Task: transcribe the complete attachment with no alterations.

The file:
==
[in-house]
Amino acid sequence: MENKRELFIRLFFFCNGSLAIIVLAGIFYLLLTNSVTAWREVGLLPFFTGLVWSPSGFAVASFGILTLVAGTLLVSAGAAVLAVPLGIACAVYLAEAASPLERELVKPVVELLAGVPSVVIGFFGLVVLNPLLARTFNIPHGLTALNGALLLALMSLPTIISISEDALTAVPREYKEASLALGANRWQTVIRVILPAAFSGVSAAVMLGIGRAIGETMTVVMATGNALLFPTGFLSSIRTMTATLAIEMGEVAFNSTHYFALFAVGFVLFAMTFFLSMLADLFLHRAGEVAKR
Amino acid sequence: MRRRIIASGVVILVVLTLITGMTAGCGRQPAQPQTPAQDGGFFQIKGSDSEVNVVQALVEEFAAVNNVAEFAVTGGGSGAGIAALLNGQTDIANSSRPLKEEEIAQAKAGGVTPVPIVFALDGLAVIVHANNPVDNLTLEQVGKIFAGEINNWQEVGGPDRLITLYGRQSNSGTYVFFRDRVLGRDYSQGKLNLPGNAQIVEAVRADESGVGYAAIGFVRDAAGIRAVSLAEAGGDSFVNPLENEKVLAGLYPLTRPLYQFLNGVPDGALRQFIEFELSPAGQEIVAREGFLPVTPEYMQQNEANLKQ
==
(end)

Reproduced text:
[in-house]
Amino acid sequence: MENKRELFIRLFFFCNGSLAIIVLAGIFYLLLTNSVTAWREVGLLPFFTGLVWSPSGFAVASFGILTLVAGTLLVSAGAAVLAVPLGIACAVYLAEAASPLERELVKPVVELLAGVPSVVIGFFGLVVLNPLLARTFNIPHGLTALNGALLLALMSLPTIISISEDALTAVPREYKEASLALGANRWQTVIRVILPAAFSGVSAAVMLGIGRAIGETMTVVMATGNALLFPTGFLSSIRTMTATLAIEMGEVAFNSTHYFALFAVGFVLFAMTFFLSMLADLFLHRAGEVAKR
Amino acid sequence: MRRRIIASGVVILVVLTLITGMTAGCGRQPAQPQTPAQDGGFFQIKGSDSEVNVVQALVEEFAAVNNVAEFAVTGGGSGAGIAALLNGQTDIANSSRPLKEEEIAQAKAGGVTPVPIVFALDGLAVIVHANNPVDNLTLEQVGKIFAGEINNWQEVGGPDRLITLYGRQSNSGTYVFFRDRVLGRDYSQGKLNLPGNAQIVEAVRADESGVGYAAIGFVRDAAGIRAVSLAEAGGDSFVNPLENEKVLAGLYPLTRPLYQFLNGVPDGALRQFIEFELSPAGQEIVAREGFLPVTPEYMQQNEANLKQ